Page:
Over the past several weeks, I've been talking about how to save and invest for your retirement. But what about your children's college education? How do you save for that, too?
The bottom line is that the first step in saving for your kids' college education is saving for retirement for yourself. It's hard to face, but the facts are cut and dried: There is a great deal of financial aid available to help pay for college, but no one is going to subsidize your retirement.
But if your retirement needs are on track to be covered, or you just want to split the difference a bit (most people feel better if they're putting something away for college, even if it's a few dollars a month) one of the best places to stash your college savings is in a 529 plan.
These plans are sort of like IRAs for college: You contribute after-tax dollars, and invest the money as you see fit. Most plans offer age-based options that work like target-date retirement mutual funds, as well as ways to put together portfolios of your own. Any growth is tax-deferred, and distributions used to pay for college are free of federal taxes. Every state offers at least one of these plans; some offer several options for you to choose from. Here's what you need to know:
• Plans come in two types: prepaid and savings. Savings plans work as I explained earlier, much like an IRA or other retirement savings account. Prepaid tuition plans allow you to pay for all or some of the tuition at an in-state college in advance, locking in the current rates, which can translate to a savings -- although many of these plans struggled in the downturn, and some have stopped accepting new accounts as a result. You can generally only participate in your own state's pre-paid plan, and each has its own rules. Often, if your child decides to attend an out-of-state or private college, you can pull your money out. You may forfeit some of your balance, however, to cancellation penalties or loss of interest.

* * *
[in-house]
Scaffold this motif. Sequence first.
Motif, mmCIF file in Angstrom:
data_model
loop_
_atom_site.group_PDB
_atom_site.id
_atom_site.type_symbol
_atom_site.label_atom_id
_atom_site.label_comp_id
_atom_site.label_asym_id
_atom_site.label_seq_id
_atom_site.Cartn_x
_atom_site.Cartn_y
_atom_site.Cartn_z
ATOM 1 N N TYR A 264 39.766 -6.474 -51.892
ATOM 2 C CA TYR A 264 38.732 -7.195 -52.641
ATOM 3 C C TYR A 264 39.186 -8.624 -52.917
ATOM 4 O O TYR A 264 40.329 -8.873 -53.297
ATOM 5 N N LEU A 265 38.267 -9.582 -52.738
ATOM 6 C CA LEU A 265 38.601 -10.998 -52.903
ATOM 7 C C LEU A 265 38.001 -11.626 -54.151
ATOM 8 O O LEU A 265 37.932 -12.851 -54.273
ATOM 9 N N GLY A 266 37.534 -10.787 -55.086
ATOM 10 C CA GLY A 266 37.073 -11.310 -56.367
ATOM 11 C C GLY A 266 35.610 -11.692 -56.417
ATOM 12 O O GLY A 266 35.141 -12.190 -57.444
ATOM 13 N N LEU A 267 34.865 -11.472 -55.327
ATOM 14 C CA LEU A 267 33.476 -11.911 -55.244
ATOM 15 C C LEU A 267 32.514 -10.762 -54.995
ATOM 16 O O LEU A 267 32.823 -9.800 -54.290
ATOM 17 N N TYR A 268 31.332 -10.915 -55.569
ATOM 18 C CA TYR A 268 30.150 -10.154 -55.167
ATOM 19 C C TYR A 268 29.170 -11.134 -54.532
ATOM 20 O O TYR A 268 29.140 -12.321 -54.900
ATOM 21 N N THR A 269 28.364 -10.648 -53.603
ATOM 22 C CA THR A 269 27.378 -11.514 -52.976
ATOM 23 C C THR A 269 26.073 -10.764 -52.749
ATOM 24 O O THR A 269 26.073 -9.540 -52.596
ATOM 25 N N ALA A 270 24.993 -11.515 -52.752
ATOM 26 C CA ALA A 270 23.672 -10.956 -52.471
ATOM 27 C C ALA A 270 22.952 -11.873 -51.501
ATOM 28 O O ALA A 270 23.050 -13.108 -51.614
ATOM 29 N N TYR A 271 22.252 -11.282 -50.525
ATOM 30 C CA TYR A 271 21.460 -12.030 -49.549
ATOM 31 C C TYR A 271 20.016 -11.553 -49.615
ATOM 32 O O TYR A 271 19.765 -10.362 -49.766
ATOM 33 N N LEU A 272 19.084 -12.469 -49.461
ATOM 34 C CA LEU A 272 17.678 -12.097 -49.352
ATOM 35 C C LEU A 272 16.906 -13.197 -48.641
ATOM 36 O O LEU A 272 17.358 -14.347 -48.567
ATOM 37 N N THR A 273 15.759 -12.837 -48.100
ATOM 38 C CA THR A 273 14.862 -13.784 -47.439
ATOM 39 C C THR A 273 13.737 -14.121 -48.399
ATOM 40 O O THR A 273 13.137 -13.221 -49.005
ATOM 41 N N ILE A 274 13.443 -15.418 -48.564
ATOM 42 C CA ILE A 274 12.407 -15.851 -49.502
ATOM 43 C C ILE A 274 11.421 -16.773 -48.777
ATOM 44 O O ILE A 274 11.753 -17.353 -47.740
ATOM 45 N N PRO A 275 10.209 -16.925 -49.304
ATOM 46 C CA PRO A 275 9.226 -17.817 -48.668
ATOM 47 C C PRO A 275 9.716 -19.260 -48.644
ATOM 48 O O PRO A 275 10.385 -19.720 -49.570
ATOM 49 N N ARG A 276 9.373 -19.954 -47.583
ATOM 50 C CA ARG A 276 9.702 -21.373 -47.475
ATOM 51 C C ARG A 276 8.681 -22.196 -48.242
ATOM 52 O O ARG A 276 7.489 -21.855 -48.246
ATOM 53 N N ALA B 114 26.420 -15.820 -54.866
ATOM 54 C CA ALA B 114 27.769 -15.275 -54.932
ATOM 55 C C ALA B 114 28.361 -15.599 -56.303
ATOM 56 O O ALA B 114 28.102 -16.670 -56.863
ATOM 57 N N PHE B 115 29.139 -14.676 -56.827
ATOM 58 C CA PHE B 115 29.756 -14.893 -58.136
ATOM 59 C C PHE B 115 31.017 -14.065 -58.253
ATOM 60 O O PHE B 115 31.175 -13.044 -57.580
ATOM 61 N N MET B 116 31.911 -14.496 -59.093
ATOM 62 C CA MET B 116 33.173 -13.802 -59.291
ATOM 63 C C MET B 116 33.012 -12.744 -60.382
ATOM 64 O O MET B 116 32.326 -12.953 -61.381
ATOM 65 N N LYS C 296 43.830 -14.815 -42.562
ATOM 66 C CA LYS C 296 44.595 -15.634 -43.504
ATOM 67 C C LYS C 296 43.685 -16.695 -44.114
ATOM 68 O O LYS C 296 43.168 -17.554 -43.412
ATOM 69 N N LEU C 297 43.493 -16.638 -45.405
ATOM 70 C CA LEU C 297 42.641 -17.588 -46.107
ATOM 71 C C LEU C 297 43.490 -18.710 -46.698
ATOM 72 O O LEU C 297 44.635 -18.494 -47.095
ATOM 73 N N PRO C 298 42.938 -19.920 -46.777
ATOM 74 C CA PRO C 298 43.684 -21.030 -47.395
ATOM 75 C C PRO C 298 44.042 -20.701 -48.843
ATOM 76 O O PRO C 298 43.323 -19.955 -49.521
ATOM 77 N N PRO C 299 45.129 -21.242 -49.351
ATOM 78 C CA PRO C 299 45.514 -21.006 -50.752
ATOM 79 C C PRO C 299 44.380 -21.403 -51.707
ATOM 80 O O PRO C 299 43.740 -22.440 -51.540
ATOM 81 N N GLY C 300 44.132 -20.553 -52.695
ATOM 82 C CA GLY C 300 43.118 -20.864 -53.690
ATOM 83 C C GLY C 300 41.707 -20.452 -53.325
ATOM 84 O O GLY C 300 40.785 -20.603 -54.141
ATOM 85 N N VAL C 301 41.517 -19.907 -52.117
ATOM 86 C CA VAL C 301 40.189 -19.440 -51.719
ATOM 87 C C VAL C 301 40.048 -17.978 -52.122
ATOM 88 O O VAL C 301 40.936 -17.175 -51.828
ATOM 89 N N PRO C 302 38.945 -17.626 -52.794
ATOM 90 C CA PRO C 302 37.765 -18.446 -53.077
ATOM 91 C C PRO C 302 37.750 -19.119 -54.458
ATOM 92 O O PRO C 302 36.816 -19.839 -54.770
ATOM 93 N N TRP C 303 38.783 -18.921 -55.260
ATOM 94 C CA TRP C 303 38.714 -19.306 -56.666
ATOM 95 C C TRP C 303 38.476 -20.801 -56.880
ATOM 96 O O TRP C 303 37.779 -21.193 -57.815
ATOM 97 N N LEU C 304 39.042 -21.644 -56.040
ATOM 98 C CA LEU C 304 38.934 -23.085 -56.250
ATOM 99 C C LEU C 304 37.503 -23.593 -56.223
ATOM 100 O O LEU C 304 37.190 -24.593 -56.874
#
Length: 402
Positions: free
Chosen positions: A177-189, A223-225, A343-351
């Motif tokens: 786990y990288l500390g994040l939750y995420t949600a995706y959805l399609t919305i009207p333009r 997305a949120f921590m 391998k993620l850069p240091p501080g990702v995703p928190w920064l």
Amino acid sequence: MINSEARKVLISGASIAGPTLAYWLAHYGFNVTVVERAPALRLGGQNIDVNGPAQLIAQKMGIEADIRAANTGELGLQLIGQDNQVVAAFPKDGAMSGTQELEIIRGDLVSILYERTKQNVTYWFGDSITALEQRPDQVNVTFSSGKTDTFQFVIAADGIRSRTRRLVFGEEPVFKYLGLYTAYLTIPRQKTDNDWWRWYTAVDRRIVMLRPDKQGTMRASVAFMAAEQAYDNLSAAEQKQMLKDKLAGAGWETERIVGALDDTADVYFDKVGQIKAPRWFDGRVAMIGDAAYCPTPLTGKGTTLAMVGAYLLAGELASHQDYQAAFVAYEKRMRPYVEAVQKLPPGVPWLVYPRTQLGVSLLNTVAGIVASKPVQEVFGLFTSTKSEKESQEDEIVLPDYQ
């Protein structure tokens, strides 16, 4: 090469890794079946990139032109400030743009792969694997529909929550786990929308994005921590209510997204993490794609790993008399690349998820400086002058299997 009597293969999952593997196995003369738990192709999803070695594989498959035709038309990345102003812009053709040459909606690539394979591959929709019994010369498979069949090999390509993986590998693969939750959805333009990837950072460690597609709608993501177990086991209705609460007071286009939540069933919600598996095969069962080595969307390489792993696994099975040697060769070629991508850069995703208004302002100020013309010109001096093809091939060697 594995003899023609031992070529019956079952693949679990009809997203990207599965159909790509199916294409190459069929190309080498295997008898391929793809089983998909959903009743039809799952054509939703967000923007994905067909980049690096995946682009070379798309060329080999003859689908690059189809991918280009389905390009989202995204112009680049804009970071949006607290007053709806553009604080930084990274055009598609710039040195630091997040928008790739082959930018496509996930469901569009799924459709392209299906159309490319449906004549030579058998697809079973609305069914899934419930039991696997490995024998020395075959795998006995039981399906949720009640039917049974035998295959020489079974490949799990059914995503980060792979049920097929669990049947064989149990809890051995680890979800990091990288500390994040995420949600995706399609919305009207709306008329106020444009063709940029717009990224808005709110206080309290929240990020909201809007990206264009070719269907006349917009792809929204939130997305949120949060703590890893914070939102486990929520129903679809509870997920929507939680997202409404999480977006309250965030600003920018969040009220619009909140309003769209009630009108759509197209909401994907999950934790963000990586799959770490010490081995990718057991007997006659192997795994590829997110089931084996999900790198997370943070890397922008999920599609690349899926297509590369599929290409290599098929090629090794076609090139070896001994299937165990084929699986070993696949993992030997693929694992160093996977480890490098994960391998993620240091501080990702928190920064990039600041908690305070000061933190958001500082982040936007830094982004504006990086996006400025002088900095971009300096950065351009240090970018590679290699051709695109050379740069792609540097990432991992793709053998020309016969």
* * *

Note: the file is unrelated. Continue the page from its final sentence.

• Shop around. Start with your state's plan, says Joe Hurley, founder of Savingforcollege.com. "You may be in line for some special benefits, or income tax breaks, for using your own state's plan. But you don't have to stay within your own state -- if you see another plan that offers better investments, or lower costs, you should investigate that."
When you're comparing plans, look at investment options, performance, and fees. Hurley's website will show you a list of the best-performing plans over the past year, three years and five years. Note, these aren't guarantees. Instead, treat this process as if you were selecting a mutual fund where past performance is indicative of how well the plan is managed.
As far as expenses go, most plans will charge you a percentage of your investment. According to the Financial Research Corporation, 0.69% is typical on a direct-sold plan, which you buy yourself, as opposed to going through a broker, which averages 1.17%.
Finally, regarding investments: What you're looking for largely depends on how old your child is. If you're starting early, you want a range of equity-based investments to choose from so you can invest aggressively. If the account beneficiary is already in high school, look for more conservative options like bonds or CDs. And again, if you'd rather not be hands-on, a plan that offers an age-based option is for you. When your child is young, the plan will invest more in stocks; as he or she gets closer to college, it will shift to a more conservative allocation.
• Understand the rules. If your child decides not to go to college, you can change the beneficiary on the plan to another family member, perhaps a younger sibling. If no one ends up using the money for education, you can pull it out, but you'll pay income taxes and a 10% penalty on your earnings. If you save too much – a seemingly laughable thought, but it happens, says Hurley, particularly when investments do really well or children receive lots of scholarship money -- you can pull the money that isn't needed out and pay only income taxes; no penalty.
Finally, there generally aren't eligibility requirements, and plans have varying contribution limits, although most are fairly high: $300,000 per beneficiary, sometimes more. More important to note, says Hurley, is the annual gift tax exclusion of $13,000 ($26,000 for married couples), because contributions to 529 plans are considered gifts. However, you can front-load your contributions for five year periods, meaning you can contribute, say, $65,000 in one year, then wait four years before contributing again. This allows your money more time to grow.
One last note: Your decision to select a specific plan isn't irreversible. If you pick one and decide you're unhappy with its performance, you can roll over to a different plan (you can do this once every twelve months if you need to). And if you decide you've gotten too aggressive with your investments, or perhaps too conservative, you can change your investment options once every calendar year as well.
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